Israel OKs 200 new homes in settlement
Jerusalem – — Israeli authorities gave preliminary approval Wednesday to build 200 homes in a Jewish area of east Jerusalem, a move that threatened to push Israelis and Palestinians deeper into conflict after weeks of unrest over the city's holiest sites.
The announcement came hours before U.S. Secretary of State John Kerry was scheduled to arrive in neighboring Jordan on a mission aimed in part at restoring calm. A State Department spokeswoman said Washington was "deeply concerned" by the decision.
Much of the recent violence has stemmed from tensions surrounding Jerusalem's hilltop complex that is revered by Muslims and Jews. The collapse of U.S.-brokered peace talks, Israel's war last summer in the Gaza Strip against the Islamic militant group Hamas, and continued Israeli settlement construction in east Jerusalem have added to the distrust.
Brachie Sprung, a spokeswoman in the mayor's office, said city officials approved 200 homes in the Ramot area. Sprung said it was just a preliminary stage of the planning process — meaning construction would be years away.
She also said city officials approved an additional 174 homes for construction in an Arab neighborhood.
To Israelis, the announcement was relatively harmless. Ramot is a sprawling development already home to about 70,000 people, and most Israelis assume the area will remain part of Israel under any future peace agreement.
In the current tense climate, however, any Israeli construction for Jewish areas of east Jerusalem is potentially explosive.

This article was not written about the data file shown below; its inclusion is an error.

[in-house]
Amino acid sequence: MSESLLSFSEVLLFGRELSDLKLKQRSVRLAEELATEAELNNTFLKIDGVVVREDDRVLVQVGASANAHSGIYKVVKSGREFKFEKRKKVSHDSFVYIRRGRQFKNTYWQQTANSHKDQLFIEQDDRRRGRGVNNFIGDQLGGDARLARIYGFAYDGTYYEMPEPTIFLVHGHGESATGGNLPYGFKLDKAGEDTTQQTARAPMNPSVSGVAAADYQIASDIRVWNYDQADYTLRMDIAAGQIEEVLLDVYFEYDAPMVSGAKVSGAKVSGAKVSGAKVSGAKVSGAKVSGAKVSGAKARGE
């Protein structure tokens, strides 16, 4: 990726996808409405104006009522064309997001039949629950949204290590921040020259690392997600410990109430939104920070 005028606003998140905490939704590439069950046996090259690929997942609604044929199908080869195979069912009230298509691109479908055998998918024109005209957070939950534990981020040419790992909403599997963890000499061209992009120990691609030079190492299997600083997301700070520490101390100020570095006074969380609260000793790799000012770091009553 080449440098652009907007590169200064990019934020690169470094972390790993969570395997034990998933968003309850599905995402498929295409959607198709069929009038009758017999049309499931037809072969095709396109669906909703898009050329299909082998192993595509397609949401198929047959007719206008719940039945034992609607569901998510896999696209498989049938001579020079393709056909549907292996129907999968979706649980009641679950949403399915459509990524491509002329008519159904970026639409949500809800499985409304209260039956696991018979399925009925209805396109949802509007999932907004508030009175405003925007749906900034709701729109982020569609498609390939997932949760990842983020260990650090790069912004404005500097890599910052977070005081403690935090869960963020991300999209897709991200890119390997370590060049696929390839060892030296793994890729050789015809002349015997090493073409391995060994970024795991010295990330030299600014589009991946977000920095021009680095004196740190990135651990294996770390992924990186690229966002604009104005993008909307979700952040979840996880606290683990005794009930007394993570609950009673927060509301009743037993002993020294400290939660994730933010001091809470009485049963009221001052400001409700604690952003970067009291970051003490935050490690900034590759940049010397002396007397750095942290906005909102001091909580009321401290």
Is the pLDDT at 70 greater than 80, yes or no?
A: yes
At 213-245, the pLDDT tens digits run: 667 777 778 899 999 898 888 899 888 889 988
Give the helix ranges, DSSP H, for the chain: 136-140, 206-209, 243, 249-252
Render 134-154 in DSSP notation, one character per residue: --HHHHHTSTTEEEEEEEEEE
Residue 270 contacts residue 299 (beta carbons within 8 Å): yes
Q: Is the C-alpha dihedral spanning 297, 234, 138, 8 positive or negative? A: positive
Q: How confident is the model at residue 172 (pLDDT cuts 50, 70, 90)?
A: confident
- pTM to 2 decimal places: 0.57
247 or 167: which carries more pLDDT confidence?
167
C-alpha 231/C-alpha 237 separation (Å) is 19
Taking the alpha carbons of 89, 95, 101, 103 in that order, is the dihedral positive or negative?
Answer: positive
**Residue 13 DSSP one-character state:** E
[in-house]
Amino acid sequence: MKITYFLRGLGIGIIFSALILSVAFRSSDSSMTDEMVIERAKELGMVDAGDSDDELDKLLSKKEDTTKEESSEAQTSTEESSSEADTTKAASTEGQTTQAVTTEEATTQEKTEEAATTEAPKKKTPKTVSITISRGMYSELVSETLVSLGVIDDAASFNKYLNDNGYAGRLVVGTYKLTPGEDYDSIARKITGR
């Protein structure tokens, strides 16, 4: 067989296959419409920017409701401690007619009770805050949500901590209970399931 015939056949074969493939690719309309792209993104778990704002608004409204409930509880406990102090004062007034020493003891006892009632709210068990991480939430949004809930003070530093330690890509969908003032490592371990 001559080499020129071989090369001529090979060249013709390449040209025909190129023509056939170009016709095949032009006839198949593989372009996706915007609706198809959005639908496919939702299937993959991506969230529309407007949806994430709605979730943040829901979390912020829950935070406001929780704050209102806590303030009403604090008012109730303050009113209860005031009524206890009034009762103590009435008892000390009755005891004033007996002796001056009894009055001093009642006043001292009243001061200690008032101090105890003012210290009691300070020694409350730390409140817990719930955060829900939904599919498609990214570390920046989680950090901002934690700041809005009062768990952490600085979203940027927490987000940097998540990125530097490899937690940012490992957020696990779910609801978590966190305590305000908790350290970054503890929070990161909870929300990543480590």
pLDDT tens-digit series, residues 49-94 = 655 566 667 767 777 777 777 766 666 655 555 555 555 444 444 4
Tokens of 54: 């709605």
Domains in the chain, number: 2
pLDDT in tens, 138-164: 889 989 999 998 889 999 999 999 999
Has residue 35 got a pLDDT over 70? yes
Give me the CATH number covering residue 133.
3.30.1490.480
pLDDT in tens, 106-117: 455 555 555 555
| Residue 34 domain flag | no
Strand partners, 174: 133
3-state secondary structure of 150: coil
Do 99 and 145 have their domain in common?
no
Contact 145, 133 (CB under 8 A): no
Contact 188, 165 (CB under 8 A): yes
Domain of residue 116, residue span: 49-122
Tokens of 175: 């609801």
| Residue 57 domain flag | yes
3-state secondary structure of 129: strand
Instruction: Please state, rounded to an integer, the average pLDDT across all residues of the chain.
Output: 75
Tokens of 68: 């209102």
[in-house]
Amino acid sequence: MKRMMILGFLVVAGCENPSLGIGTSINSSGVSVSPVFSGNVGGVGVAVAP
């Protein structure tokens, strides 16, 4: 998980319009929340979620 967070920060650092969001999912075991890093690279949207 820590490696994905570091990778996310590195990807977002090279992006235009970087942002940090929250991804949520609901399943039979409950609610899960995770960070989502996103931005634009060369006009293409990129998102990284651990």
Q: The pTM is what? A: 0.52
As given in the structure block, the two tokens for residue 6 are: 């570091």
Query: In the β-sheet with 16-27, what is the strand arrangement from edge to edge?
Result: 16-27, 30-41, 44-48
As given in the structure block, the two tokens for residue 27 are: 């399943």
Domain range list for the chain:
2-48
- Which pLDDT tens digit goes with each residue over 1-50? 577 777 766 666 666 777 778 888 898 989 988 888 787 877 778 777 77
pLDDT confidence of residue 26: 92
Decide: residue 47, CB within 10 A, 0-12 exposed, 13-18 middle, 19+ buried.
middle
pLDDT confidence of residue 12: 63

Israel captured east Jerusalem in 1967 and annexed the area in a move that is not recognized internationally.
The Palestinians claim east Jerusalem as their capital. They consider all Israeli construction there to be illegal settlement activity — a position that is backed by the international community. About 200,000 Jewish Israelis live in developments like Ramot that ring east Jerusalem to help cement Israeli control.
The Israeli announcement came before Kerry's scheduled meeting in Jordan with King Abdullah II and Palestinian President Mahmoud Abbas to discuss the situation in Jerusalem. There was no immediate plan for Kerry to travel to Israel.
"We are deeply concerned by this decision, particularly given the tense situation in Jerusalem, as well as the unequivocal and unanimous position of the United States and others in the international community opposing such construction in east Jerusalem," State Department spokeswoman Jen Psaki said in Washington.
"These decisions to expand construction have the potential to exacerbate this difficult situation on the ground, and they will not contribute to efforts to reduce the tension," she added.
Under a longstanding arrangement, Jordan holds custodial rights over Muslim holy sites in Jerusalem, including the compound known to Jews as the Temple Mount and to Muslims as the Noble Sanctuary. It is the third-holiest site in Islam and the most sacred place in Judaism. Jews are permitted to visit, but prayer by non-Muslims is banned.
Increased visits by Jewish worshippers to the site, which also includes the Al-Aqsa Mosque, have raised concerns among Muslims that Israel is secretly trying to take it over.
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